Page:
The obedience of the disciple must correspond with the wisdom of the Abbot who, in the monastery, “is believed to hold the place of Christ” (2, 2; 63, 13). The figure of the Abbot, which is described above all in Chapter II of the Rule with a profile of spiritual beauty and demanding commitment, can be considered a self-portrait of Benedict, since, as St Gregory the Great wrote, “the holy man could not teach otherwise than as he himself lived” (cf. Dialogues II, 36). The Abbot must be at the same time a tender father and a strict teacher (cf. 2, 24), a true educator. Inflexible against vices, he is nevertheless called above all to imitate the tenderness of the Good Shepherd (27, 8), to “serve rather than to rule” (64, 8) in order “to show them all what is good and holy by his deeds more than by his words” and “illustrate the divine precepts by his example” (2, 12). To be able to decide responsibly, the Abbot must also be a person who listens to “the brethren’s views” (3, 2), because “the Lord often reveals to the youngest what is best” (3, 3). This provision makes a Rule written almost 15 centuries ago surprisingly modern! A man with public responsibility even in small circles must always be a man who can listen and learn from what he hears.
Benedict describes the Rule he wrote as “minimal, just an initial outline” (cf. 73, 8); in fact, however, he offers useful guidelines not only for monks but for all who seek guidance on their journey toward God. For its moderation, humanity and sober discernment between the essential and the secondary in spiritual life, his Rule has retained its illuminating power even to today. (General Audience of Wednesday 9 April, 2008).
On 15 September 2007, feast of Our Lady of Calvary, Pope Benedict XVI received the Poor Clares of Castelgandolfo in audience. Here are one or two of his remarks, repeating what Paul VI and John Paul II had said to them.
“In particular I recall what the servant of God Paul VI said to you: that in the face of those who consider cloistered people as out of touch with reality and the experience of our time, your existence has the value of a special witness which intimately affects the Church’s life. John Paul II desired to entrust himself, the Church and the whole of humanity to your prayers. “You have not left the world”, he observed, “because you did not want to bear the crosses of the world…you carry them all in your heart, and in the troubled scenario of history you accompany humanity with your prayer… Because of this presence of yours, hidden but authentic within society and even more so within the Church, I also look with confidence to your joined hands.” So this is what the Pope expects of you: that you be bright torches of love, “joined hands”, watching in ceaseless prayer, totally detached from the world, in order to sustain the ministry of the One whom Jesus has called to guide his Church.”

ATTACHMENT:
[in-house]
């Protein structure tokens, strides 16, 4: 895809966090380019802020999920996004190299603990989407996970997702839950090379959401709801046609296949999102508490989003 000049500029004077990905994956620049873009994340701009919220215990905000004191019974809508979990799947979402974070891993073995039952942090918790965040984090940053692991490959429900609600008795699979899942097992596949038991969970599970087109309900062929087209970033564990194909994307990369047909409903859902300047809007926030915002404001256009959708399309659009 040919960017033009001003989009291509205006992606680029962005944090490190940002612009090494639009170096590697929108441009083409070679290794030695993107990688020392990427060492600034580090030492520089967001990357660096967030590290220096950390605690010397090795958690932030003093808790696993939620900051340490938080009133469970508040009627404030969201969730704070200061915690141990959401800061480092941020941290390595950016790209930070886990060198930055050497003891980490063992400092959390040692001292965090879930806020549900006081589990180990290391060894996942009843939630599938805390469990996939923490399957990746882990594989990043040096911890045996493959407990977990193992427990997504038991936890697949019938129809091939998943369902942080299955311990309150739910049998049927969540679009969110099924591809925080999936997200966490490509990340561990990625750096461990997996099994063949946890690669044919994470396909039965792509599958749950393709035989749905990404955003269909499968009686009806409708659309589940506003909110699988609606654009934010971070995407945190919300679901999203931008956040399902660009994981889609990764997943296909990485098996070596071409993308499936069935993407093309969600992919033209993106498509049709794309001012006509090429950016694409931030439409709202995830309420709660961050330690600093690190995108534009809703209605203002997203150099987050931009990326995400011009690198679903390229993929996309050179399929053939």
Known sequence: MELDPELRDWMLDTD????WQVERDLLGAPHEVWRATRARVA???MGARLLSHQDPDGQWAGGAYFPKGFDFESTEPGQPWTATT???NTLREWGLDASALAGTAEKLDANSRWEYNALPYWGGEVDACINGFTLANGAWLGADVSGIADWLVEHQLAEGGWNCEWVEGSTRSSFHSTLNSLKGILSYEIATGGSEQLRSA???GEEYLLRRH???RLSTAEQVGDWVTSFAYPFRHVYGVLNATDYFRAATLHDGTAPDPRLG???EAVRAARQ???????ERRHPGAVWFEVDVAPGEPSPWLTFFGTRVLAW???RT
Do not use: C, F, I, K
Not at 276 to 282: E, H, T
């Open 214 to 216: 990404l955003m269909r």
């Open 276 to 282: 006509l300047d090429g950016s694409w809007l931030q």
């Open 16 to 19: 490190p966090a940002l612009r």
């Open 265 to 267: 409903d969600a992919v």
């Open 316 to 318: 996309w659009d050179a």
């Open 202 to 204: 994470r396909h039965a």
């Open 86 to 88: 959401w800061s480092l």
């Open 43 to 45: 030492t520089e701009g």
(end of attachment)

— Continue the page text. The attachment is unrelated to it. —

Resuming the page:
“Non lontano da Vienna si trova l’Abbazia di Heiligenkreuz… Rivolgendomi ai monaci, ho richiamato… il valore della preghiera come servizio di lode e di adorazione dovuto a Dio” – Pope Benedict at the General Audience 12 September 2007.
On 9 September 2007 Pope Benedict XVI visited the Cistercian Monastery of Heiligenkreutz in Austria. Here are some extracts from what he said there about monastic and Cistercian life.
“On life’s pilgrimage we frequently pause to consider with gratitude the progress already made, and to look with prayerful hope at the road still before us. I made just such a stop at the monastery of Heiligenkreuz. The tradition cultivated there by the Cistercian monks puts us in touch with our roots, whose strength and beauty ultimately derive from God himself.”
“On my pilgrimage to the Magna Mater Austriae, I am pleased to visit this Abbey of Heiligenkreuz, which is not only an important stop on the Via Sacra leading to Mariazell, but the oldest continuously active Cistercian monastery in the world. I wished to come to this place so rich in history in order to draw attention to the fundamental directive of Saint Benedict, according to whose Rule Cistercians also live. Quite simply, Benedict insisted that “nothing be put before the divine Office”.